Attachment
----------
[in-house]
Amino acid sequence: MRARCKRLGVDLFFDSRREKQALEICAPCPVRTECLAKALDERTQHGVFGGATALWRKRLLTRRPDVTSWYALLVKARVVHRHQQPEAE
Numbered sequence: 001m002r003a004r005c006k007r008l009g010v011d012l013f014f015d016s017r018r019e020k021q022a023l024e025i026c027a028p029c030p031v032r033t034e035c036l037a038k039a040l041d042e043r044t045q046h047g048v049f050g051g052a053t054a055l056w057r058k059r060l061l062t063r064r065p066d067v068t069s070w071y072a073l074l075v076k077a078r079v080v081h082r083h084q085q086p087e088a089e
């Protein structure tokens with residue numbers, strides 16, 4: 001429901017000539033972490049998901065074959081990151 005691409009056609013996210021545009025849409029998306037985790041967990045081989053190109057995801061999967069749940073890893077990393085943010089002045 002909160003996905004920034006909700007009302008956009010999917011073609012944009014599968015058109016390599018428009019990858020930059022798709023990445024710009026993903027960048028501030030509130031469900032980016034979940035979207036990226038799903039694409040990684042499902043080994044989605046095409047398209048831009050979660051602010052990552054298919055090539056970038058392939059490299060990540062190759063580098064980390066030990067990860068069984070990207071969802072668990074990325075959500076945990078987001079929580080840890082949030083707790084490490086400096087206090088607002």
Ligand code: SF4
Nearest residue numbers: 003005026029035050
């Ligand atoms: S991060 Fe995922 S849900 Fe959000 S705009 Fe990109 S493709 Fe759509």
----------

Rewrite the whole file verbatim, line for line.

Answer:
[in-house]
Amino acid sequence: MRARCKRLGVDLFFDSRREKQALEICAPCPVRTECLAKALDERTQHGVFGGATALWRKRLLTRRPDVTSWYALLVKARVVHRHQQPEAE
Numbered sequence: 001m002r003a004r005c006k007r008l009g010v011d012l013f014f015d016s017r018r019e020k021q022a023l024e025i026c027a028p029c030p031v032r033t034e035c036l037a038k039a040l041d042e043r044t045q046h047g048v049f050g051g052a053t054a055l056w057r058k059r060l061l062t063r064r065p066d067v068t069s070w071y072a073l074l075v076k077a078r079v080v081h082r083h084q085q086p087e088a089e
């Protein structure tokens with residue numbers, strides 16, 4: 001429901017000539033972490049998901065074959081990151 005691409009056609013996210021545009025849409029998306037985790041967990045081989053190109057995801061999967069749940073890893077990393085943010089002045 002909160003996905004920034006909700007009302008956009010999917011073609012944009014599968015058109016390599018428009019990858020930059022798709023990445024710009026993903027960048028501030030509130031469900032980016034979940035979207036990226038799903039694409040990684042499902043080994044989605046095409047398209048831009050979660051602010052990552054298919055090539056970038058392939059490299060990540062190759063580098064980390066030990067990860068069984070990207071969802072668990074990325075959500076945990078987001079929580080840890082949030083707790084490490086400096087206090088607002």
Ligand code: SF4
Nearest residue numbers: 003005026029035050
């Ligand atoms: S991060 Fe995922 S849900 Fe959000 S705009 Fe990109 S493709 Fe759509």